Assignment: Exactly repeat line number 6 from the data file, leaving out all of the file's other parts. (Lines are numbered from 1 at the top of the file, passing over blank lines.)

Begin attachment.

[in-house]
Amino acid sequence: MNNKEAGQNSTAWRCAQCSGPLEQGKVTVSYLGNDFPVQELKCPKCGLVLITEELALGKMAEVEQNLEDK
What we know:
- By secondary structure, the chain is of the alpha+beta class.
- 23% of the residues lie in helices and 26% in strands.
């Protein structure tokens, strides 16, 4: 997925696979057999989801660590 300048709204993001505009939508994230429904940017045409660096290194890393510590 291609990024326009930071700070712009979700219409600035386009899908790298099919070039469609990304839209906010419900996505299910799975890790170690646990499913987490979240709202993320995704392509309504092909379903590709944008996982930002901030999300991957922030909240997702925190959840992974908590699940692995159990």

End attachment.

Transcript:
């Protein structure tokens, strides 16, 4: 997925696979057999989801660590 300048709204993001505009939508994230429904940017045409660096290194890393510590 291609990024326009930071700070712009979700219409600035386009899908790298099919070039469609990304839209906010419900996505299910799975890790170690646990499913987490979240709202993320995704392509309504092909379903590709944008996982930002901030999300991957922030909240997702925190959840992974908590699940692995159990």